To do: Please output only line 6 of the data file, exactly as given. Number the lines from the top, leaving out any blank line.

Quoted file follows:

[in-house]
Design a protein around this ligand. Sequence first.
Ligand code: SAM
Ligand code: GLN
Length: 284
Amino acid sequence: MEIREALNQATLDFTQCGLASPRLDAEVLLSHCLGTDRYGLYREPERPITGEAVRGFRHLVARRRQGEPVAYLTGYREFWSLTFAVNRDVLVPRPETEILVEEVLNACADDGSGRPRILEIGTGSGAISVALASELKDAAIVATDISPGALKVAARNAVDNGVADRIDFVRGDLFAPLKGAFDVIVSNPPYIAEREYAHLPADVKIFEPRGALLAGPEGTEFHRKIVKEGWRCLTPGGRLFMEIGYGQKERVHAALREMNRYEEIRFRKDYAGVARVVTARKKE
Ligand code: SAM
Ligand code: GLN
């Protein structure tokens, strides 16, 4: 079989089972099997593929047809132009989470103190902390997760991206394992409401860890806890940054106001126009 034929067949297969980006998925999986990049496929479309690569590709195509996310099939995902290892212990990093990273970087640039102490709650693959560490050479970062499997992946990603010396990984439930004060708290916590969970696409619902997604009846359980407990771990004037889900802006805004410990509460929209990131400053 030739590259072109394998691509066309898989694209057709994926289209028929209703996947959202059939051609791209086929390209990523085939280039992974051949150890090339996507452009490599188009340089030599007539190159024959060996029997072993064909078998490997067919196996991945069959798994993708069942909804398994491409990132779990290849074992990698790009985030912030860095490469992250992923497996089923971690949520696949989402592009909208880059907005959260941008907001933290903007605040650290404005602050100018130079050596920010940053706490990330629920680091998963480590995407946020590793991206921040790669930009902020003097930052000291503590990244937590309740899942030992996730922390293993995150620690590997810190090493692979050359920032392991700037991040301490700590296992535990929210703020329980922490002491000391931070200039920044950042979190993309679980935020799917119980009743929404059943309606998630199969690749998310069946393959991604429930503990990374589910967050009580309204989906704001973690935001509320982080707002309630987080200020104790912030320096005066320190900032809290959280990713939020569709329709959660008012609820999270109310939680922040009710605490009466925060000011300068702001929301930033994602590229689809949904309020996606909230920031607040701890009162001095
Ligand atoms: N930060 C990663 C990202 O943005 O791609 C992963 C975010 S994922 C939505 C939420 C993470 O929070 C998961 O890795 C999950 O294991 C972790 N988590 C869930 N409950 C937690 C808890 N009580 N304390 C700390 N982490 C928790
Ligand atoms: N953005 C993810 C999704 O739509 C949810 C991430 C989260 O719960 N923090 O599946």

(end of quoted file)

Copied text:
Amino acid sequence: MEIREALNQATLDFTQCGLASPRLDAEVLLSHCLGTDRYGLYREPERPITGEAVRGFRHLVARRRQGEPVAYLTGYREFWSLTFAVNRDVLVPRPETEILVEEVLNACADDGSGRPRILEIGTGSGAISVALASELKDAAIVATDISPGALKVAARNAVDNGVADRIDFVRGDLFAPLKGAFDVIVSNPPYIAEREYAHLPADVKIFEPRGALLAGPEGTEFHRKIVKEGWRCLTPGGRLFMEIGYGQKERVHAALREMNRYEEIRFRKDYAGVARVVTARKKE